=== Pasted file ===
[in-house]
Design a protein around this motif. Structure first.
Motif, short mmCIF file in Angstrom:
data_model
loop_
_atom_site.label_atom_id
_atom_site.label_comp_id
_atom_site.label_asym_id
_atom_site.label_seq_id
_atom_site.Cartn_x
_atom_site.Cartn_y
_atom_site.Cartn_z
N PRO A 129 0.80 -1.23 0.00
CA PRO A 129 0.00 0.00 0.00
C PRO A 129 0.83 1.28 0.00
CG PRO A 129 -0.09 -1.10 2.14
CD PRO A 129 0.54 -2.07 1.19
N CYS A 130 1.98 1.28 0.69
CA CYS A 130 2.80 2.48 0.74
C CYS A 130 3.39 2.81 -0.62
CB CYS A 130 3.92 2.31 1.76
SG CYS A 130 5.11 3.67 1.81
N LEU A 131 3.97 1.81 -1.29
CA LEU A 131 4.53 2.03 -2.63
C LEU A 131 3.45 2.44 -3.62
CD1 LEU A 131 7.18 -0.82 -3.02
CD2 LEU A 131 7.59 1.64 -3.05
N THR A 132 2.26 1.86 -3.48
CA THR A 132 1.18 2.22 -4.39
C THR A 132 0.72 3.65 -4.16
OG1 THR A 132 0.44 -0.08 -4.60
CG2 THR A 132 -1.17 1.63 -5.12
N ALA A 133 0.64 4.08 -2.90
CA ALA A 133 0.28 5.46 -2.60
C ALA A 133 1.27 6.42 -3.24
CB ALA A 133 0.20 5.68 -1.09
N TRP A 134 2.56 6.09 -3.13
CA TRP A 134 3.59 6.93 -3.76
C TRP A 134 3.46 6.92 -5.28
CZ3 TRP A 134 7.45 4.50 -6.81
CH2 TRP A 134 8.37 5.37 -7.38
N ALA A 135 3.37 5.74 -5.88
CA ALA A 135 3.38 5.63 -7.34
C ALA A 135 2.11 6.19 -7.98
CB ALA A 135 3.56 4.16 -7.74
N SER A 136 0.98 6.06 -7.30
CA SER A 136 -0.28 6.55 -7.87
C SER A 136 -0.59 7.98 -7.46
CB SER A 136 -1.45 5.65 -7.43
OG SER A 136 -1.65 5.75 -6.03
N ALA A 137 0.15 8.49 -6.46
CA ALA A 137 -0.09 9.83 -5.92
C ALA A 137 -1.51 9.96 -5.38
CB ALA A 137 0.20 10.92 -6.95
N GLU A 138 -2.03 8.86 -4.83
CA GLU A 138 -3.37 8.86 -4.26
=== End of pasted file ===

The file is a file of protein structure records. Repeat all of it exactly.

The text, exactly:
[in-house]
Design a protein around this motif. Structure first.
Motif, short mmCIF file in Angstrom:
data_model
loop_
_atom_site.label_atom_id
_atom_site.label_comp_id
_atom_site.label_asym_id
_atom_site.label_seq_id
_atom_site.Cartn_x
_atom_site.Cartn_y
_atom_site.Cartn_z
N PRO A 129 0.80 -1.23 0.00
CA PRO A 129 0.00 0.00 0.00
C PRO A 129 0.83 1.28 0.00
CG PRO A 129 -0.09 -1.10 2.14
CD PRO A 129 0.54 -2.07 1.19
N CYS A 130 1.98 1.28 0.69
CA CYS A 130 2.80 2.48 0.74
C CYS A 130 3.39 2.81 -0.62
CB CYS A 130 3.92 2.31 1.76
SG CYS A 130 5.11 3.67 1.81
N LEU A 131 3.97 1.81 -1.29
CA LEU A 131 4.53 2.03 -2.63
C LEU A 131 3.45 2.44 -3.62
CD1 LEU A 131 7.18 -0.82 -3.02
CD2 LEU A 131 7.59 1.64 -3.05
N THR A 132 2.26 1.86 -3.48
CA THR A 132 1.18 2.22 -4.39
C THR A 132 0.72 3.65 -4.16
OG1 THR A 132 0.44 -0.08 -4.60
CG2 THR A 132 -1.17 1.63 -5.12
N ALA A 133 0.64 4.08 -2.90
CA ALA A 133 0.28 5.46 -2.60
C ALA A 133 1.27 6.42 -3.24
CB ALA A 133 0.20 5.68 -1.09
N TRP A 134 2.56 6.09 -3.13
CA TRP A 134 3.59 6.93 -3.76
C TRP A 134 3.46 6.92 -5.28
CZ3 TRP A 134 7.45 4.50 -6.81
CH2 TRP A 134 8.37 5.37 -7.38
N ALA A 135 3.37 5.74 -5.88
CA ALA A 135 3.38 5.63 -7.34
C ALA A 135 2.11 6.19 -7.98
CB ALA A 135 3.56 4.16 -7.74
N SER A 136 0.98 6.06 -7.30
CA SER A 136 -0.28 6.55 -7.87
C SER A 136 -0.59 7.98 -7.46
CB SER A 136 -1.45 5.65 -7.43
OG SER A 136 -1.65 5.75 -6.03
N ALA A 137 0.15 8.49 -6.46
CA ALA A 137 -0.09 9.83 -5.92
C ALA A 137 -1.51 9.96 -5.38
CB ALA A 137 0.20 10.92 -6.95
N GLU A 138 -2.03 8.86 -4.83
CA GLU A 138 -3.37 8.86 -4.26